parallax background

Great Escapes: Top 7 private island getaways

8 February 2024
Bespoke: Cufflinks; wrist decoration
7 February 2024
Driving: Ferrari Roma – la nuova dolce vita
9 February 2024

Small but Perfectly Formed

There is more variety among private islands than one might expect. Here are seven to prove a point

T he world may be getting figuratively smaller and idyllic hideaways may be hard to find, but that doesn’t make the task a particularly tough one. There are a scattering of islands around the world that offer a winning combination of luxury, individuality and discretion in which to unwind and relax. Here is a varied selection.

Frégate Island Private, Seychelles

Four degrees south of the equator and a 20-minute flight away from Mahé, capital of the Seychelles, Frégate is a place of untouched and remarkable beauty.

The island is renowned for its varied animal and plant life and is fringed by seven first-rate beaches, each with suitably tempting white sand, each backed by giant granite boulders and each facing a sea of tempting turquoise-blue.

Environmental awareness and conservation have always been an important part of the island’s philosophy and guests can join guided walks to find out more if they so chose.

Alternatively, they can just relax and wait for members of the wildlife population to fly past in a flash of colour.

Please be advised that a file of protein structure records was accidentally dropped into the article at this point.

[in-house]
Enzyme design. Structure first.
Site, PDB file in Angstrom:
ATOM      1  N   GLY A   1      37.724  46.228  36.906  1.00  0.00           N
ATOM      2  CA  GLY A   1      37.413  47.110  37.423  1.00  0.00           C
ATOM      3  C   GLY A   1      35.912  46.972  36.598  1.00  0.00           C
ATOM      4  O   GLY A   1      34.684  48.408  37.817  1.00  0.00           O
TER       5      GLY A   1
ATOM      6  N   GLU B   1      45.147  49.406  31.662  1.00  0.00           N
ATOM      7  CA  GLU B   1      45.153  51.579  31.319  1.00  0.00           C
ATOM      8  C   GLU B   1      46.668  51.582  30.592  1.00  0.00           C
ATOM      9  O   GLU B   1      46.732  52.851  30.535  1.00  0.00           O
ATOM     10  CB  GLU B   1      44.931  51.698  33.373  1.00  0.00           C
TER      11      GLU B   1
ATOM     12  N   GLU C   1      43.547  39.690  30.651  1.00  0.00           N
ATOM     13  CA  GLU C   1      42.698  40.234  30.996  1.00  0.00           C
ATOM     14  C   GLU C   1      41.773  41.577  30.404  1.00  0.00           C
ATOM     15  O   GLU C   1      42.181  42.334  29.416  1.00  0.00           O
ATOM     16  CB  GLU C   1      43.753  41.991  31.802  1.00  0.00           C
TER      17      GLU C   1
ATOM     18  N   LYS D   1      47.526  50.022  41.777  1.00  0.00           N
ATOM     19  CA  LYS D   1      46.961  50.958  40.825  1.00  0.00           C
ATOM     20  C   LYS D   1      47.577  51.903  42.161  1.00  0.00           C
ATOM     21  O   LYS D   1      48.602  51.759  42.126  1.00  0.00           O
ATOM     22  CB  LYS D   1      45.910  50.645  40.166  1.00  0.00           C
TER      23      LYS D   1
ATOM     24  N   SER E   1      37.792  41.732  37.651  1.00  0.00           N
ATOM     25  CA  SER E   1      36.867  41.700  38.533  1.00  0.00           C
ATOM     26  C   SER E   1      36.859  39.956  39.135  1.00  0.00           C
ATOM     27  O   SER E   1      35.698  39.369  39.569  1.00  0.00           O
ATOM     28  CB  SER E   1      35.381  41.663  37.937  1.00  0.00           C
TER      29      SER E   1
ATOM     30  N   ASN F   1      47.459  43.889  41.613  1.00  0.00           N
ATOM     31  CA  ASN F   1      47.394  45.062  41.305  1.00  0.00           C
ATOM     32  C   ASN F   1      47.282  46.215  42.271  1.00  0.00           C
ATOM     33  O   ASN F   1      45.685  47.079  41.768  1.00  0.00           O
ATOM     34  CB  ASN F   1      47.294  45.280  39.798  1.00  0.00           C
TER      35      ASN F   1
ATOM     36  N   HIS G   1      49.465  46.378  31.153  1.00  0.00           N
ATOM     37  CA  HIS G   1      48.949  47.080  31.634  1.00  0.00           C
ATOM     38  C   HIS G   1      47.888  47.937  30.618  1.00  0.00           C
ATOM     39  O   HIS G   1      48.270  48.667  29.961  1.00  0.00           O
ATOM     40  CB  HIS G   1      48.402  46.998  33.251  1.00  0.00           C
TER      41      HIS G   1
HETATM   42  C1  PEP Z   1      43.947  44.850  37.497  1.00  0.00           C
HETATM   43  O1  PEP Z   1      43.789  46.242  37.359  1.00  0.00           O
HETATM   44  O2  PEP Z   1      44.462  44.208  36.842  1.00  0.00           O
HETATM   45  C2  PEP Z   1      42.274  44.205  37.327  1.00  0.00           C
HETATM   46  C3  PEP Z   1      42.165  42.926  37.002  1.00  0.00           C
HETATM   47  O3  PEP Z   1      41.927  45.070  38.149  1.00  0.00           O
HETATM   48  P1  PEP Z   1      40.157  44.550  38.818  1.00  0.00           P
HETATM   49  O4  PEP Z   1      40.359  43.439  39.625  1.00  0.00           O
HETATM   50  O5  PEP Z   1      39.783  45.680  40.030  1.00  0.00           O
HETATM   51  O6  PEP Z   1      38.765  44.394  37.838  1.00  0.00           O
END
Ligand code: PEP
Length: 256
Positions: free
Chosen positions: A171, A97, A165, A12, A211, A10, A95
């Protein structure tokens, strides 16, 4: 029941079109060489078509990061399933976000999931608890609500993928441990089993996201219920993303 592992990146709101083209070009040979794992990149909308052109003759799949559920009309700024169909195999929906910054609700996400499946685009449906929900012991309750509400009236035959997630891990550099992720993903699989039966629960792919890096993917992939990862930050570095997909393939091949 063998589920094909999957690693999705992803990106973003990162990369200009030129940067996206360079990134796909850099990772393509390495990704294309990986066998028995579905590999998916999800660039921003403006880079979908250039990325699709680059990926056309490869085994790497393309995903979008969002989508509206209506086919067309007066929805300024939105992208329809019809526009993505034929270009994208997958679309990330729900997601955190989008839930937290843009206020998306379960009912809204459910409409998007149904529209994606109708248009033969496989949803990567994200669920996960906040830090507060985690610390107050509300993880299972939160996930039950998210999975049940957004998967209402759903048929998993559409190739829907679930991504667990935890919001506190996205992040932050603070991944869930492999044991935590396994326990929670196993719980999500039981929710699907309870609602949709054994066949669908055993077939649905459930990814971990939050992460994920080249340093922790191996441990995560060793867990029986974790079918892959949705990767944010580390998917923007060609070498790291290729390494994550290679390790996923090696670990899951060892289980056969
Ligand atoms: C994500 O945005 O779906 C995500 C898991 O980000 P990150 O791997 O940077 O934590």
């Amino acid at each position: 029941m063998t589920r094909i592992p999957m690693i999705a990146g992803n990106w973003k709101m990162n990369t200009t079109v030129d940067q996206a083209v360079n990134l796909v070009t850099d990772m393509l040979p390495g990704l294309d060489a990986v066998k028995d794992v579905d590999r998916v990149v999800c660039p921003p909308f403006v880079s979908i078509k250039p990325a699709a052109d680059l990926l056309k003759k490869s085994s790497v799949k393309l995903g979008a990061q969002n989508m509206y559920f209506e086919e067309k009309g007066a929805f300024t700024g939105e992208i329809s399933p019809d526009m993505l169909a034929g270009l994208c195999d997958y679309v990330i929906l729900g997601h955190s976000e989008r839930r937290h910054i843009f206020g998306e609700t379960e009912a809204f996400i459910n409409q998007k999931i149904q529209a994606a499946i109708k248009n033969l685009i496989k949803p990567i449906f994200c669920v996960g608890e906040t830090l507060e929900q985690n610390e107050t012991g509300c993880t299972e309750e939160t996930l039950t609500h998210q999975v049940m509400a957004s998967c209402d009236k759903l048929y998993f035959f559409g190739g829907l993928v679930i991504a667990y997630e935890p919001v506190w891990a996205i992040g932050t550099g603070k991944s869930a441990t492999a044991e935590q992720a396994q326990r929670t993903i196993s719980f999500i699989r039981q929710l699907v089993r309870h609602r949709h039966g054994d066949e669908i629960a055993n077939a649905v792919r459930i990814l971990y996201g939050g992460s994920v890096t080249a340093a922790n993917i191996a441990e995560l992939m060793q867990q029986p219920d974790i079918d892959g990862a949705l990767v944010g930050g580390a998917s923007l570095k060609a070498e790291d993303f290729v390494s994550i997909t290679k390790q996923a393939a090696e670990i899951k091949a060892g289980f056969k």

Frégate Island Private has 16 villas and one presidential villa and guests can focus on experiencing space and seclusion within a tropical island setting of great beauty.

Lake Mälaren, Sweden

Some 50 miles from the Swedish capital, Stockholm, Lake Mälaren provides a peaceful Baltic escape.

The island in the lake is available for private hire and contains a small but comfortable three-bedroom house with external sauna.

The residence is typically Scandinavian: light, airy and combining modern and traditional design styles.

The island also has its own private boat, which can be used to motor across to the nearby town of Mariefred, where there are restaurants, bars, museums and galleries.

Also on the island is an additional small house with only one room containing two beds, and a more traditional round house with a living room and upstairs bedroom.

The view from the island includes Gripsholm castle, built by the Swedish royal family in the mid 16th-century and possessing a distinctly fairytale appearance.

All in all Mälaren provides a secluded getaway for a family looking for the long summer nights of northern Europe.

The island in the lake is available for private hire and contains a small but comfortable three-bedroom house with external sauna

Lighthouse Grebeni, Dubrovnik, Croatia